Sandarac gum resin - Tetraclinis articulata - from Morocco. Sandarac, also known as avar tree, has a wonderful warm, light, fruity, balsamic, frankincense-like fragrance.
Per ounce (28 grams $5.75
Per 4 ounces (112 grams) $21.85
Per half pound (224 grams) $41.25
Per pound (448 grams) $78.00
Sandarac is still used today to make liquor. In Morocco it is steeped in folk medicine and is used as a remedy if childbirth becomes difficult. It has a calming effect and reduces cramps. In Arabian countries sandarac is still burned to treat colds. People also take the resin internally to treat roundworms and tapeworms.
During the days of Jesus, sandarac was known as "gold" and is considered by some to be the gold gift to the infant Jesus.
Sandarac's warm balsamic fragrance works well in the evenings. It relaxes, calms and eases tension. It is helpful in cases of insomnia caused by tension or stress. Sandarac is cleansing, strengthening and clarifying.
Synonyms: Callitris quadrivalvis, avar tree, mistakenly called juniper gum
Origin: northwestern Africa; principally Morocco and Algeria, also found in Spain and Australia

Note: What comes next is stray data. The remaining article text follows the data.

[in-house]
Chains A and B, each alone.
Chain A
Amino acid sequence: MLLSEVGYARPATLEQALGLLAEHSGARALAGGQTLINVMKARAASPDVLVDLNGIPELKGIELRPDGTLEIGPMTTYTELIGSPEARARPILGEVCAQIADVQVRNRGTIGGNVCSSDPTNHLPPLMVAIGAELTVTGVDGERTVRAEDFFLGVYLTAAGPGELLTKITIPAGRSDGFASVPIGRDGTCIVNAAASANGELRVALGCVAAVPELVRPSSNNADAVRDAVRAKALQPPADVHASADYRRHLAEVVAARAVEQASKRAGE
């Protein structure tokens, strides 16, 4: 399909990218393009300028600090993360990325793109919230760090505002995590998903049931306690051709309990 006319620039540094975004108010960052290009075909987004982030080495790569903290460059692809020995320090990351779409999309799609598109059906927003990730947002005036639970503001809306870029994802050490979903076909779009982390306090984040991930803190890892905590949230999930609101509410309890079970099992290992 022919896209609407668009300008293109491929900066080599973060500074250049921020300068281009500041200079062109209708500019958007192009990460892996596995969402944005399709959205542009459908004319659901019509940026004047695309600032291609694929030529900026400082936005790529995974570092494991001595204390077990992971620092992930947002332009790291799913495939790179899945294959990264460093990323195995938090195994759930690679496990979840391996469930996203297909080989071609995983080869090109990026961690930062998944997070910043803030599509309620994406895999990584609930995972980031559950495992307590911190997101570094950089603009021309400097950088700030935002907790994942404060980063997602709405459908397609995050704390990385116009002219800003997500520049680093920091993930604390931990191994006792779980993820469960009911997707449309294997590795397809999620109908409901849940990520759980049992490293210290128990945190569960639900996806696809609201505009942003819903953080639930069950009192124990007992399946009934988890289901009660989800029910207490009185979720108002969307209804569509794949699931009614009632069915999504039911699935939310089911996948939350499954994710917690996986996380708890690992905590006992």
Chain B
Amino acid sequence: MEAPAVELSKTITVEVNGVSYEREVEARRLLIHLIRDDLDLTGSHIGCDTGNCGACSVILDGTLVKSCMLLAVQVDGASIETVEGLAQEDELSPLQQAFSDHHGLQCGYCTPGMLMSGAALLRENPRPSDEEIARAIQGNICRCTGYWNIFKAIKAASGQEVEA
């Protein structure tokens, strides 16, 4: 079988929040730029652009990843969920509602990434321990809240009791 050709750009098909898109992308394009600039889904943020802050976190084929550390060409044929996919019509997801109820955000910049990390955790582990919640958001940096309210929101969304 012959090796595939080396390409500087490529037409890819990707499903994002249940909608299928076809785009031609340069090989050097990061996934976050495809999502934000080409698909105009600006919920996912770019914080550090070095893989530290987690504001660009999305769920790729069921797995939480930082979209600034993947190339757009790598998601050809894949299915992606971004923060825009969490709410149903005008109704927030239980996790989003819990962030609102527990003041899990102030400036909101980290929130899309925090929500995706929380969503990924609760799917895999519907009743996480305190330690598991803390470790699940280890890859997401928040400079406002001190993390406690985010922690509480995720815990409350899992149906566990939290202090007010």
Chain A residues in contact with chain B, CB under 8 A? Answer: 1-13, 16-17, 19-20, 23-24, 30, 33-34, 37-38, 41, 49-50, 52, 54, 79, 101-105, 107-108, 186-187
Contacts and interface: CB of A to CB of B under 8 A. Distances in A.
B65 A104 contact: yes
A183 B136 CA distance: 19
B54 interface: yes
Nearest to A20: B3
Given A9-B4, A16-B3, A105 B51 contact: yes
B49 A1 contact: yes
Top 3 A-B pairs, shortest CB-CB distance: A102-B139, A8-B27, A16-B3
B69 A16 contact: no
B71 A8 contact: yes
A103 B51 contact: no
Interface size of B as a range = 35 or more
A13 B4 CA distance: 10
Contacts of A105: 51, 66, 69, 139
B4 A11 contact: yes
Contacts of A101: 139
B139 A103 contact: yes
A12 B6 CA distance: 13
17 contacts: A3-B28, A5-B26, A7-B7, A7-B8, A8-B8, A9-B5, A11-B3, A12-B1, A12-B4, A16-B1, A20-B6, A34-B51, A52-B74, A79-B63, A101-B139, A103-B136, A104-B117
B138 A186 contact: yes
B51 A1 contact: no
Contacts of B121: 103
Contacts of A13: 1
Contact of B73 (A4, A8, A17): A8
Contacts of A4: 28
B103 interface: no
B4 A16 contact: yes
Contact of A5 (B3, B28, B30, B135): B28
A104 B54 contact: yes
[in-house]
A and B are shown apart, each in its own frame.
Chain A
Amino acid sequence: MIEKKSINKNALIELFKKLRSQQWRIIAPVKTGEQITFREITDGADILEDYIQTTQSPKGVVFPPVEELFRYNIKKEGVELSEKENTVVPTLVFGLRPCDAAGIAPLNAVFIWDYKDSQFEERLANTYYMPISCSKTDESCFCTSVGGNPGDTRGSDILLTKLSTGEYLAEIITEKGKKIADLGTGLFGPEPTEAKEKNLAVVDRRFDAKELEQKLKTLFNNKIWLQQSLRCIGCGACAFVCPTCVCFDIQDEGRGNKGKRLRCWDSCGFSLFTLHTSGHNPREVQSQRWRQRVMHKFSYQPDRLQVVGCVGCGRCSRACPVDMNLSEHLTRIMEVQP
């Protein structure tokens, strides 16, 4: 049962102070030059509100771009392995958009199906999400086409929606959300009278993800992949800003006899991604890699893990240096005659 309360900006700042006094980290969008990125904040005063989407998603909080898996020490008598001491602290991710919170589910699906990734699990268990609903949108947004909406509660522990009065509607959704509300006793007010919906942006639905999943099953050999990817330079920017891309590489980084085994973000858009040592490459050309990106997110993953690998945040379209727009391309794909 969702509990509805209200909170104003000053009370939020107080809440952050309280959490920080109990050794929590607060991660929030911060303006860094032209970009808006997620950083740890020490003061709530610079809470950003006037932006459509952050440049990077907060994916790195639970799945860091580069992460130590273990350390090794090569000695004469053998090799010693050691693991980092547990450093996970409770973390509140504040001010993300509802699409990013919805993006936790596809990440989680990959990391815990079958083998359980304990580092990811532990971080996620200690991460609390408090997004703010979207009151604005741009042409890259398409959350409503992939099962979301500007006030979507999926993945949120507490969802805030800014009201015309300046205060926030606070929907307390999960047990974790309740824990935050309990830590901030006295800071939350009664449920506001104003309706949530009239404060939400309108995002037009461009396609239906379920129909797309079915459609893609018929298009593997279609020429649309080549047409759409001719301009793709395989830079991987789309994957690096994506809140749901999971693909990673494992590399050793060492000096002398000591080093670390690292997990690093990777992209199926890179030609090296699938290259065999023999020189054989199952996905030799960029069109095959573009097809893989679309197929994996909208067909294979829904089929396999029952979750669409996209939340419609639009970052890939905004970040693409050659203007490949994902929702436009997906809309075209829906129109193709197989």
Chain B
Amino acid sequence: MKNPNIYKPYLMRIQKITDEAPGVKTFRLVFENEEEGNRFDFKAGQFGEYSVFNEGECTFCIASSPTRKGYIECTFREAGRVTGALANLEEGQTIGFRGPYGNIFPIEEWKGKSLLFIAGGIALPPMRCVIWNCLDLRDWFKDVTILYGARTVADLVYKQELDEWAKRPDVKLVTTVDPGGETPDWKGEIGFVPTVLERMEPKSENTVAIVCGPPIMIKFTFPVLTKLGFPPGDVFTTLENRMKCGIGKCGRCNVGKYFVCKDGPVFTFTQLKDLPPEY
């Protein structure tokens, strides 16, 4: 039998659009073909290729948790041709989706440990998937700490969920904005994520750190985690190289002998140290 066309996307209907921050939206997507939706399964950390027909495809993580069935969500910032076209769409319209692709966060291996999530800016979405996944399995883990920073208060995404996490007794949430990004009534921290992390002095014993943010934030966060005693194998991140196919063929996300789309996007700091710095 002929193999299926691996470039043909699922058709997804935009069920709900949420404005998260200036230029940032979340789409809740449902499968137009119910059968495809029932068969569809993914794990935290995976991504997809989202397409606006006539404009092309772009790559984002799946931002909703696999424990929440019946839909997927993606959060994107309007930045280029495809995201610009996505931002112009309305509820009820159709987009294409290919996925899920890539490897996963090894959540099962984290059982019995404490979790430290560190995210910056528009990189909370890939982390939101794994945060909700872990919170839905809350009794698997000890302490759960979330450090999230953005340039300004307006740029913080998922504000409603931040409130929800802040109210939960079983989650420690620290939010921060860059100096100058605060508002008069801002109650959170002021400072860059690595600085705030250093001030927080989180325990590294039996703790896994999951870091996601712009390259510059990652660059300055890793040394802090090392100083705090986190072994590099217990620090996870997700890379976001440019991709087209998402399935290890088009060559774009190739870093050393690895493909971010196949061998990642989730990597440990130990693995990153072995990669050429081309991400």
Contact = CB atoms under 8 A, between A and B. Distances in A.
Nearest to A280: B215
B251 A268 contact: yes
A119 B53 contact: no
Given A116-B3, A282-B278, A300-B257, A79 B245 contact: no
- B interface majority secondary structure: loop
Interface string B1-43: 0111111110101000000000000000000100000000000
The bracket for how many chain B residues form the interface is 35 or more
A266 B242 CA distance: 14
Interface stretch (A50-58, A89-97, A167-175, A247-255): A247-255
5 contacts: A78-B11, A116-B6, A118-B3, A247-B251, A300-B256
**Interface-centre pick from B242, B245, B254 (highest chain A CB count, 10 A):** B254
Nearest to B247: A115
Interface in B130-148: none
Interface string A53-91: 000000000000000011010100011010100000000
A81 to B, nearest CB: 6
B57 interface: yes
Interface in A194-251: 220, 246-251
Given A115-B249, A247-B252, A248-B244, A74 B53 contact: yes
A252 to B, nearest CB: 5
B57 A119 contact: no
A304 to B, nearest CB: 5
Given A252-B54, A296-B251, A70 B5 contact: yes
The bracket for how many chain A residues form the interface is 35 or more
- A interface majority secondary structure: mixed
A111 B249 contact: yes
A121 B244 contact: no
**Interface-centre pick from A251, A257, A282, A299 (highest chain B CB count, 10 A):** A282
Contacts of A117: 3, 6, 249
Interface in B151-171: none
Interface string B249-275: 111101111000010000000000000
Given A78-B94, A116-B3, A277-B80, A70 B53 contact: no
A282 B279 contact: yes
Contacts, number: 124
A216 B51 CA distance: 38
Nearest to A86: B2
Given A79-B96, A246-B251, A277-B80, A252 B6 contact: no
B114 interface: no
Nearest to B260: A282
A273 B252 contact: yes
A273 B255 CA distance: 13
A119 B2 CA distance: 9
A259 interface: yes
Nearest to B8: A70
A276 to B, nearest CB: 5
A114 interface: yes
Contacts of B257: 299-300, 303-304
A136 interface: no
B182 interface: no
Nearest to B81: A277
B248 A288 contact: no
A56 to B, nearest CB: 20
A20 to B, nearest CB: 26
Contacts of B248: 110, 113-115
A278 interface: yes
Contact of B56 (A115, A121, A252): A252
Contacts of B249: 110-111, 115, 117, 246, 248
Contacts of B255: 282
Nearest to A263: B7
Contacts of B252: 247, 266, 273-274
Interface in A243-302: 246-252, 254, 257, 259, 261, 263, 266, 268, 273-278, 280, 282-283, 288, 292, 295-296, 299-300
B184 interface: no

Parts Used: resin
Aroma Description: fresh, warm, light, resinous, balsamic, slightly fruity, frankincense-like
Emotional Attributes: relaxing, strengthening, helps with sleep
Cosmetic Uses: perfumery, aromatherapy; very good fixative properties
Culinary Uses: used to flavor liqueurs
Medicinal Attributes: used as a remedy in North Africa if birth becomes difficult, to reduce cramps, stomachaches, colds and catarrh. Also used to treat roundworms and tapeworms
Element Association: Water
Magical Associations: healing, spirituality, dreams, friendship
Astrological Association: Cancer
Planetary Association: Moon
Season: Spring, Autumn
Aromatic Note: Middle note
Essential Oil: Yes, steam distilled oil from the resin is made, though it can often be difficult to find. An essential oil is also made from the leaves and bark of the tree, though these are more rare than the essential oil made from the resin. Threatened Species Alert: Status: "Lower Risk, Near Threatened." The 2007 IUCN Red List of Threatened Species now includes this species. See IUCN.
Mixes Well With: burgundy pitch, cedar, frankincense, guggul, lemongrass, mastic, myrrh, opoponax, pine, rose, saffron, sandalwood, copaiba and Peru balsams, etc.
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